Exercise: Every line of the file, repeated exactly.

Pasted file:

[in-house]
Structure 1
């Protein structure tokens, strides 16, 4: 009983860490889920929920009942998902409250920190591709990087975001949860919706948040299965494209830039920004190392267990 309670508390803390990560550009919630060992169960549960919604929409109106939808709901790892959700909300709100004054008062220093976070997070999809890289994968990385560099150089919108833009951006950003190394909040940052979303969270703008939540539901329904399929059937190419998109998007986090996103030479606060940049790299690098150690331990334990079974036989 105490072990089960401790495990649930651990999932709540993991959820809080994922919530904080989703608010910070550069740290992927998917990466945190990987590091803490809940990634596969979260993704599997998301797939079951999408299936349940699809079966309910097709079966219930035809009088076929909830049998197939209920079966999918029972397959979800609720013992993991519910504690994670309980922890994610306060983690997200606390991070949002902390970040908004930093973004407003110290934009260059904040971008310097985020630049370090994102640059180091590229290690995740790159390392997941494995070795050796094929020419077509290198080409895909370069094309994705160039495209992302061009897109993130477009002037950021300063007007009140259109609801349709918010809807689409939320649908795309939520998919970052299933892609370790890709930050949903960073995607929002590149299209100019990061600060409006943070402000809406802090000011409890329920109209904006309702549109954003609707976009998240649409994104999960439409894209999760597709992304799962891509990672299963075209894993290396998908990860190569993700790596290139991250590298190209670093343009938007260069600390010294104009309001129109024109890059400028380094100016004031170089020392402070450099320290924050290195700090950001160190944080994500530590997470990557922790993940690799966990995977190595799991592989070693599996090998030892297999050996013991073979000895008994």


[in-house]
Structure 1
């Protein structure tokens, strides 16, 4: 009983860490889920929920009942998902409250920190591709990087975001949860919706948040299965494209830039920004190392267990 309670508390803390990560550009919630060992169960549960919604929409109106939808709901790892959700909300709100004054008062220093976070997070999809890289994968990385560099150089919108833009951006950003190394909040940052979303969270703008939540539901329904399929059937190419998109998007986090996103030479606060940049790299690098150690331990334990079974036989 105490072990089960401790495990649930651990999932709540993991959820809080994922919530904080989703608010910070550069740290992927998917990466945190990987590091803490809940990634596969979260993704599997998301797939079951999408299936349940699809079966309910097709079966219930035809009088076929909830049998197939209920079966999918029972397959979800609720013992993991519910504690994670309980922890994610306060983690997200606390991070949002902390970040908004930093973004407003110290934009260059904040971008310097985020630049370090994102640059180091590229290690995740790159390392997941494995070795050796094929020419077509290198080409895909370069094309994705160039495209992302061009897109993130477009002037950021300063007007009140259109609801349709918010809807689409939320649908795309939520998919970052299933892609370790890709930050949903960073995607929002590149299209100019990061600060409006943070402000809406802090000011409890329920109209904006309702549109954003609707976009998240649409994104999960439409894209999760597709992304799962891509990672299963075209894993290396998908990860190569993700790596290139991250590298190209670093343009938007260069600390010294104009309001129109024109890059400028380094100016004031170089020392402070450099320290924050290195700090950001160190944080994500530590997470990557922790993940690799966990995977190595799991592989070693599996090998030892297999050996013991073979000895008994």